Why Deporting Parents of Unaccompanied Minors is a Horrible Idea

I’m grading unit tests, so today involves a lot of heavy sighing.

Then I read this article, about 2 draft memos signed by Secretary of Homeland Security on Friday that could prosecute parents of unaccompanied minors (youth who emigrate from their countries by themselves, without an adult) for smuggling.

Much more sighing.

Let’s talk about why deporting or prosecuting parents of unaccompanied minors is a horrible idea.

A bit of background: At least in our district, many parents emigrated long before their students, most likely hoping to establish themselves or find a way to send money while their children were younger. Then, for a number of reasons (violence in the home country, wanting to be closer to the family, etc), they send for their children to come later. These children are the unaccompanied minors.

First, these youth and their families are often fleeing horrible conditions (like ones in Honduras and El Salvador). I heard of one student who wasn’t able to get a transcript from his home country to get credits for his prior studies.

“It’s fine,” I said, “we’ll just Skype the school.”

“No, mister,” he said, shaking his head. “They shot the principal.”

Another student arrived at our school after the semester. Shortly after, she found out that one of her closest cousins had been murdered back in her country.

I can’t imagine a family who would choose to stay in those conditions and subject their children to them if they had another option.

Second, these families are already facing so many issues upon reunification. I have one student who hadn’t lived with their mother for 8 years. Now, they are here, trying to figure out how to live with someone who they, on the one hand, are so overjoyed to see (“All I want is for my mother to be happy and say good things about me,” this student has said repeatedly) and on the other hand, feel (rightfully) abandoned by. Side note: Very few of our family meetings end without tears on someone’s part. Other side note: This isn’t actually one student. It’s four students.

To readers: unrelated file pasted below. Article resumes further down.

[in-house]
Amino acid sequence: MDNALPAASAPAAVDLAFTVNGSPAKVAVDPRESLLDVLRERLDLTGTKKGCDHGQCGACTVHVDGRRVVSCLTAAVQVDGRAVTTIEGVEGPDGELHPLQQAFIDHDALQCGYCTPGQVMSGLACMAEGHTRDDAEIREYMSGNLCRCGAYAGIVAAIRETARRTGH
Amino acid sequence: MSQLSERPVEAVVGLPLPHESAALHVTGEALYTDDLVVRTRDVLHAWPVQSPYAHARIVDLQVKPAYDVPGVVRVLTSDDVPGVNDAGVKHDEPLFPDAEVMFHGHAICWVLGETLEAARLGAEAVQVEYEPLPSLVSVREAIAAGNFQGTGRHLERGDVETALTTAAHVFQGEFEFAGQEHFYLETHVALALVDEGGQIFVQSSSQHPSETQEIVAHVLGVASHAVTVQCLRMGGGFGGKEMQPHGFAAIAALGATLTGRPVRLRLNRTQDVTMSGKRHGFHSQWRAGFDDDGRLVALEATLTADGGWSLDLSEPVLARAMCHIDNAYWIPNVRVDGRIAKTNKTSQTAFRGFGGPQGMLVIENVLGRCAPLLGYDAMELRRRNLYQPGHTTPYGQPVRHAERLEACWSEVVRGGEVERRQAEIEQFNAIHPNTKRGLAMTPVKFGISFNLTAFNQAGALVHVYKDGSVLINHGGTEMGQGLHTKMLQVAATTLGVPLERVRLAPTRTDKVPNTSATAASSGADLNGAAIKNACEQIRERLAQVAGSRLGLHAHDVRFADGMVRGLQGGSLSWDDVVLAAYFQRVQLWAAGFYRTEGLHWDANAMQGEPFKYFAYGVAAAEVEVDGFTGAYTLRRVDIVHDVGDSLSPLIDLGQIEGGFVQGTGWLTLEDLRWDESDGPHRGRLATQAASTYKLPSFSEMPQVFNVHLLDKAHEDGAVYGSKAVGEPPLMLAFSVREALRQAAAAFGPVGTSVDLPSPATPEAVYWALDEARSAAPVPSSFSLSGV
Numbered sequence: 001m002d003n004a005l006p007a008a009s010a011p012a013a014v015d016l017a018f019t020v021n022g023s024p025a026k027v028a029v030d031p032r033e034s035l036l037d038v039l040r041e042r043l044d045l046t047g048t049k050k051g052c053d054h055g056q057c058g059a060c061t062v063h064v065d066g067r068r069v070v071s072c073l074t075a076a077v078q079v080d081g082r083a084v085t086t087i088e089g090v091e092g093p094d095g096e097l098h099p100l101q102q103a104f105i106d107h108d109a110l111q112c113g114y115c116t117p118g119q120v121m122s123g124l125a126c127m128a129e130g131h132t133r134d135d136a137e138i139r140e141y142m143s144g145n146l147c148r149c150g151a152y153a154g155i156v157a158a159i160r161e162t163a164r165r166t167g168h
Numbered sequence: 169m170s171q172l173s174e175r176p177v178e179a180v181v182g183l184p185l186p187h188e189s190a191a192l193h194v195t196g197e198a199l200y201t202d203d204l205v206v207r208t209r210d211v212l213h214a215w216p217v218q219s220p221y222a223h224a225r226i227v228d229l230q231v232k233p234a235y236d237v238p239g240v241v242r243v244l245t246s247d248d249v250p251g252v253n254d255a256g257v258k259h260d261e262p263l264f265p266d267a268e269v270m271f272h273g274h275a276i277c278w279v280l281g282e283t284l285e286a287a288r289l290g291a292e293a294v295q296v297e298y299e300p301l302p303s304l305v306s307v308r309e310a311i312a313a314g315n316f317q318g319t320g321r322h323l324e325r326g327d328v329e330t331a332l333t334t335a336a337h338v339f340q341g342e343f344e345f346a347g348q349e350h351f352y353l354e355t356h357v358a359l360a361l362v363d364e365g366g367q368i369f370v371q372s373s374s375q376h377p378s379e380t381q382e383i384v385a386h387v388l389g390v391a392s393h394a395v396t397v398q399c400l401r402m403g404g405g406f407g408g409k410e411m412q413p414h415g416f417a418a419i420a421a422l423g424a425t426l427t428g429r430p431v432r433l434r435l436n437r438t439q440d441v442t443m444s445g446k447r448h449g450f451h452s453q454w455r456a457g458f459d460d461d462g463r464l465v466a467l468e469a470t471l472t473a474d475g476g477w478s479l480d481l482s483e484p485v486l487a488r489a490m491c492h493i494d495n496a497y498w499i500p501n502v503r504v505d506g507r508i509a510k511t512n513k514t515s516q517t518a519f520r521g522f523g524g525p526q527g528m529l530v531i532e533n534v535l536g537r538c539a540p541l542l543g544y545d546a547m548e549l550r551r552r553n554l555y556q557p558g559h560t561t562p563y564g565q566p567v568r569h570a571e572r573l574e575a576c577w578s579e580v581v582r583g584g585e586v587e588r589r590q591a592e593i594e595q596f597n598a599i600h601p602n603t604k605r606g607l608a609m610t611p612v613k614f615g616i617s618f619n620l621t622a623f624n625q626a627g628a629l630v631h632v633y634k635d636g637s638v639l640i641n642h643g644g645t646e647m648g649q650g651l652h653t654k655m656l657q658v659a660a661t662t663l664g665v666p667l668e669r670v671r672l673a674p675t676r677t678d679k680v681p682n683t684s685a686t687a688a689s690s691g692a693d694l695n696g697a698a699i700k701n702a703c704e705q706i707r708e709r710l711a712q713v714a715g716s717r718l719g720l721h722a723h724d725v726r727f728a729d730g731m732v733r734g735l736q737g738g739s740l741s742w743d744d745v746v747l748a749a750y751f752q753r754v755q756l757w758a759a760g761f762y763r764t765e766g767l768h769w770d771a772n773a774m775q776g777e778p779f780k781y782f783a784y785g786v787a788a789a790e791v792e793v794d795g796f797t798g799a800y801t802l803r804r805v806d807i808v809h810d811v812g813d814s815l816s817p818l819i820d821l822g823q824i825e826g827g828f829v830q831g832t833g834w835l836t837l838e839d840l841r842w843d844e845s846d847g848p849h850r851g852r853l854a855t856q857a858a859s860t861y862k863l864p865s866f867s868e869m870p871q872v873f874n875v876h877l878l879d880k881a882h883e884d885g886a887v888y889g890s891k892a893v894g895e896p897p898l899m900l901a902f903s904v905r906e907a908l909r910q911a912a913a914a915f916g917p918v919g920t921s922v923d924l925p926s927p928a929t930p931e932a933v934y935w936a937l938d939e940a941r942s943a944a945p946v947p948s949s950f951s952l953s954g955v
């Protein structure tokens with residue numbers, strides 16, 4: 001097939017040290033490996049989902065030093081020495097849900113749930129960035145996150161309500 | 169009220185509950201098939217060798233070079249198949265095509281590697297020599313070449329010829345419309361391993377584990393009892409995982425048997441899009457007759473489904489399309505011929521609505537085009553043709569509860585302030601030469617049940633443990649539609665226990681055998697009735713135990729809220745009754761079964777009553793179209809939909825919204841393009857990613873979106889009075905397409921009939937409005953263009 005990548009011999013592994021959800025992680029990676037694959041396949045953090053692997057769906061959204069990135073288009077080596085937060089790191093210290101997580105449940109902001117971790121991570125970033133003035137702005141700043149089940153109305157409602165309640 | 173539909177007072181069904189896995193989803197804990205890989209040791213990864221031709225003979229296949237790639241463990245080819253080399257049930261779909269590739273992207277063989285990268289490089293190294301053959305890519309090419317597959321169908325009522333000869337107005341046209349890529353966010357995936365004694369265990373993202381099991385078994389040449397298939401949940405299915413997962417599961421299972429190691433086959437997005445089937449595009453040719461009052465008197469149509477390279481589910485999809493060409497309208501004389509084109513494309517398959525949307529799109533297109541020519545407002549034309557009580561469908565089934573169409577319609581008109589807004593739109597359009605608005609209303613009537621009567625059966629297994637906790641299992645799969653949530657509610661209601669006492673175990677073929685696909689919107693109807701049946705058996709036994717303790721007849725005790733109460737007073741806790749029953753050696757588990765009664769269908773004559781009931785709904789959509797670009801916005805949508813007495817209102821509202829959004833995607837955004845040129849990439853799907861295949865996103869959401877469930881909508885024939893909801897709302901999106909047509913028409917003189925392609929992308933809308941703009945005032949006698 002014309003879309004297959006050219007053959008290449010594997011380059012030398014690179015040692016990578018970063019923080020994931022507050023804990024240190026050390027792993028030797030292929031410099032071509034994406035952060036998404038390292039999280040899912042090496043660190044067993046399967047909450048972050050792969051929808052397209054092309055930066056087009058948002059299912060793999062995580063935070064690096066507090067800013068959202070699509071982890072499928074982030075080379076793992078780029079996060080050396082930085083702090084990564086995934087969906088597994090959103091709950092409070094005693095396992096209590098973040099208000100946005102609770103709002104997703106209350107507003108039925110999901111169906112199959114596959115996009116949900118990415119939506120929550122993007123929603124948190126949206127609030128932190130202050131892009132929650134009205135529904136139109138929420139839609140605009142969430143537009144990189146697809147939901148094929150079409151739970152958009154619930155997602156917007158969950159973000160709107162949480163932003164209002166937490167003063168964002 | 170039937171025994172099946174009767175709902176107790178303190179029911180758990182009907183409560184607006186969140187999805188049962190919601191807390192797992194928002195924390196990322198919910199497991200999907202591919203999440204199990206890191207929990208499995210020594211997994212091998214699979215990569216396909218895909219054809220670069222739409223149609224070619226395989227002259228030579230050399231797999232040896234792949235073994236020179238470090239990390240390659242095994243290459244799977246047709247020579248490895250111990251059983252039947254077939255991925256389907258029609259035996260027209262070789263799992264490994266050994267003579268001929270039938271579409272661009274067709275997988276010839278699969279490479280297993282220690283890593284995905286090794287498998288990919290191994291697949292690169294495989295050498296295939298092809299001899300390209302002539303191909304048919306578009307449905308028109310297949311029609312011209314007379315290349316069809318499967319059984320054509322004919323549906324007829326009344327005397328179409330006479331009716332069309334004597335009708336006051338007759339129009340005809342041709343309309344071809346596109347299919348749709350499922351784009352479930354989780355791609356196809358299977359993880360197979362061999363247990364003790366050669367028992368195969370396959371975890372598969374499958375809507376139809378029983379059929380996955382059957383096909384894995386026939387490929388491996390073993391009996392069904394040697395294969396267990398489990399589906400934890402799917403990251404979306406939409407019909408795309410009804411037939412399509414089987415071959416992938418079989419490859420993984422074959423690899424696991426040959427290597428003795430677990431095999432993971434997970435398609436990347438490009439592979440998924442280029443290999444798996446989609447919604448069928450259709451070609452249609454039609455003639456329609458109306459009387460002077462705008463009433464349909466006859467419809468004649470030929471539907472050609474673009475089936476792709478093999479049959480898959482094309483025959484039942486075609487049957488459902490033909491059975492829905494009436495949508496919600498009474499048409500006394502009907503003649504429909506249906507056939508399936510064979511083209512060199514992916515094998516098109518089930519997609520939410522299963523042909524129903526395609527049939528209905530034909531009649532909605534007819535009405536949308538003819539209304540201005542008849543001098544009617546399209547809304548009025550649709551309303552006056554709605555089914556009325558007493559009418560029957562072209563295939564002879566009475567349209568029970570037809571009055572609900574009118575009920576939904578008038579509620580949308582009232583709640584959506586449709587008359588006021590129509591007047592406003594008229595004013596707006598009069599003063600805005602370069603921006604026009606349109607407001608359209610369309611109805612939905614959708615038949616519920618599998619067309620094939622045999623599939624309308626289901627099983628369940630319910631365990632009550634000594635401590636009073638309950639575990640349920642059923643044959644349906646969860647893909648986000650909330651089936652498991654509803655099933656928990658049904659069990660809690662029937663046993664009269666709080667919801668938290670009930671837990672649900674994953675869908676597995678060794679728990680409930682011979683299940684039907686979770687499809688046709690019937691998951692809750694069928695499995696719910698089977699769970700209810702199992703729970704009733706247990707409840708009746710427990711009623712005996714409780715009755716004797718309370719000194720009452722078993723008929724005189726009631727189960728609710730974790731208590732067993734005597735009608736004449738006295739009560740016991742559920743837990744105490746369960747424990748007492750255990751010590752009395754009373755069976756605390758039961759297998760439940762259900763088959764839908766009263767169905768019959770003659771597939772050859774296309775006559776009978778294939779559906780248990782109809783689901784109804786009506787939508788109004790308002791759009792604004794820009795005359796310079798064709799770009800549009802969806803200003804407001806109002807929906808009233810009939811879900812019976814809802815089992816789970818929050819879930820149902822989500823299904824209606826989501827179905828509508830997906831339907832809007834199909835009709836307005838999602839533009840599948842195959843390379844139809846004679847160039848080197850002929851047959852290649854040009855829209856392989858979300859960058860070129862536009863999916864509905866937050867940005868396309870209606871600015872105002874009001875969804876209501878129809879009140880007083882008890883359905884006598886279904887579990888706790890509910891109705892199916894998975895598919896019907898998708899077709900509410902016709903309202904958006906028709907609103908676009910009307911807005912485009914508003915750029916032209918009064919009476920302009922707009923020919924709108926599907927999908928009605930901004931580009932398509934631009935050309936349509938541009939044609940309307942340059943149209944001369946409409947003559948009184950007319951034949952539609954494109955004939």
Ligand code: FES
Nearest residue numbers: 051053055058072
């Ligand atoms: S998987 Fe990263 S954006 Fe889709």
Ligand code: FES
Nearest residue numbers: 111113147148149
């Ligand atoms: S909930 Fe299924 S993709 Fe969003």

And this is to say nothing of dealing with issues that typical families go through (discipline, puberty, grades, etc) let alone immigrant families (discrimination, culture shock, etc).

For teachers and community members, these issues are further complicated because we don’t know who these issues apply to. After a few years, I’m beginning to notice patterns and find ways to see trends (I’m also gutsier about just asking my advisees, though I 100% recognize that this is due to an amazingly positive, trusting culture that our school has worked hard to create). But it’s not always easy to know who is undocumented or who may be an American citizen with undocumented parents. I say this, not to say that we should label people, but because, in order to support undocumented immigrants and connect them with the right services, we need to know who they are. I fully understand that undocumented immigrants are afraid of disclosing their status, but we have to figure out ways to help them.

Needless to say I’m upset by the possibility of these draft memos. I can only imagine what our kiddos and their families are thinking.